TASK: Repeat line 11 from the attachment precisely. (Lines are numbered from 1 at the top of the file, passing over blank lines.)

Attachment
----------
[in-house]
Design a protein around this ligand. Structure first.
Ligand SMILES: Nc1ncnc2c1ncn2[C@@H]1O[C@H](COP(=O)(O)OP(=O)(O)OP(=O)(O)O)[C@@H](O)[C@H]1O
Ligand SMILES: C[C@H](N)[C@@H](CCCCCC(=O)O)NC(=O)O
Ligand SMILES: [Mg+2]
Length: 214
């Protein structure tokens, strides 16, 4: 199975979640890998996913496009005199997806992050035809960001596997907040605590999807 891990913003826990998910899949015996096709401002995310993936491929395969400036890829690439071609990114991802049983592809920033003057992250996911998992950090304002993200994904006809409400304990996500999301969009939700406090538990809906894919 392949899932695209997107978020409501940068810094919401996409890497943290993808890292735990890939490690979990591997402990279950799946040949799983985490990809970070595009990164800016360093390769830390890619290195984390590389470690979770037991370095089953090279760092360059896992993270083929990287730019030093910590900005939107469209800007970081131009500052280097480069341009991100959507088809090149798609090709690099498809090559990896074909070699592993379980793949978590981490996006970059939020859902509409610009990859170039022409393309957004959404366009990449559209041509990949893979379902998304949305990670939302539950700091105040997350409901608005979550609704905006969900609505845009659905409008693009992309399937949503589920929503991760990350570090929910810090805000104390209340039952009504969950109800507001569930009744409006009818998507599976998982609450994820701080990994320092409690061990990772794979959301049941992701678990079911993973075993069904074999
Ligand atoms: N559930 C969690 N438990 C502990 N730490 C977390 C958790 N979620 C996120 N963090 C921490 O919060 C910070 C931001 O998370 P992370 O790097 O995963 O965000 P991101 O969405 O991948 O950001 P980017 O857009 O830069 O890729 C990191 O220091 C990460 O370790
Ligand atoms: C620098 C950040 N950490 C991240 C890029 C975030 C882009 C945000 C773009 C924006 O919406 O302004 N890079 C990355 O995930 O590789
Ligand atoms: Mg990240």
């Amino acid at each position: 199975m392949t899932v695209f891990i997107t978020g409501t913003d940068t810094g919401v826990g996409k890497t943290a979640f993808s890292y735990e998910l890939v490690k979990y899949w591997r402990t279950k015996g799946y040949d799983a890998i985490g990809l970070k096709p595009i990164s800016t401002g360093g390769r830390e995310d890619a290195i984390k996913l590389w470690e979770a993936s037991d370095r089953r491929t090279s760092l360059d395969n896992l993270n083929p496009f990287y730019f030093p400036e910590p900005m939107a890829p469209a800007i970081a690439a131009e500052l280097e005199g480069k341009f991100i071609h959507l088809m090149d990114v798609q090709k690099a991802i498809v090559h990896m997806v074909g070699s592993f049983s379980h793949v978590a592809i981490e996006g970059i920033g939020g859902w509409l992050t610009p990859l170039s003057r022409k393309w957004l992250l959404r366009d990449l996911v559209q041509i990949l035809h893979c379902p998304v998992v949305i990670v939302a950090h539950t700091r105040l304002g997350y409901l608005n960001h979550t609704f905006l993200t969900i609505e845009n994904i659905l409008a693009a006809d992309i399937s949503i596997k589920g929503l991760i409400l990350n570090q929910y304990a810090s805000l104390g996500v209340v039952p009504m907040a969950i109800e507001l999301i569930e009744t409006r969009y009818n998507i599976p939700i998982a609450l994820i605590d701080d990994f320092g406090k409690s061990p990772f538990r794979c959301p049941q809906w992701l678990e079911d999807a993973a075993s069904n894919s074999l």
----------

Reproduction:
């Amino acid at each position: 199975m392949t899932v695209f891990i997107t978020g409501t913003d940068t810094g919401v826990g996409k890497t943290a979640f993808s890292y735990e998910l890939v490690k979990y899949w591997r402990t279950k015996g799946y040949d799983a890998i985490g990809l970070k096709p595009i990164s800016t401002g360093g390769r830390e995310d890619a290195i984390k996913l590389w470690e979770a993936s037991d370095r089953r491929t090279s760092l360059d395969n896992l993270n083929p496009f990287y730019f030093p400036e910590p900005m939107a890829p469209a800007i970081a690439a131009e500052l280097e005199g480069k341009f991100i071609h959507l088809m090149d990114v798609q090709k690099a991802i498809v090559h990896m997806v074909g070699s592993f049983s379980h793949v978590a592809i981490e996006g970059i920033g939020g859902w509409l992050t610009p990859l170039s003057r022409k393309w957004l992250l959404r366009d990449l996911v559209q041509i990949l035809h893979c379902p998304v998992v949305i990670v939302a950090h539950t700091r105040l304002g997350y409901l608005n960001h979550t609704f905006l993200t969900i609505e845009n994904i659905l409008a693009a006809d992309i399937s949503i596997k589920g929503l991760i409400l990350n570090q929910y304990a810090s805000l104390g996500v209340v039952p009504m907040a969950i109800e507001l999301i569930e009744t409006r969009y009818n998507i599976p939700i998982a609450l994820i605590d701080d990994f320092g406090k409690s061990p990772f538990r794979c959301p049941q809906w992701l678990e079911d999807a993973a075993s069904n894919s074999l």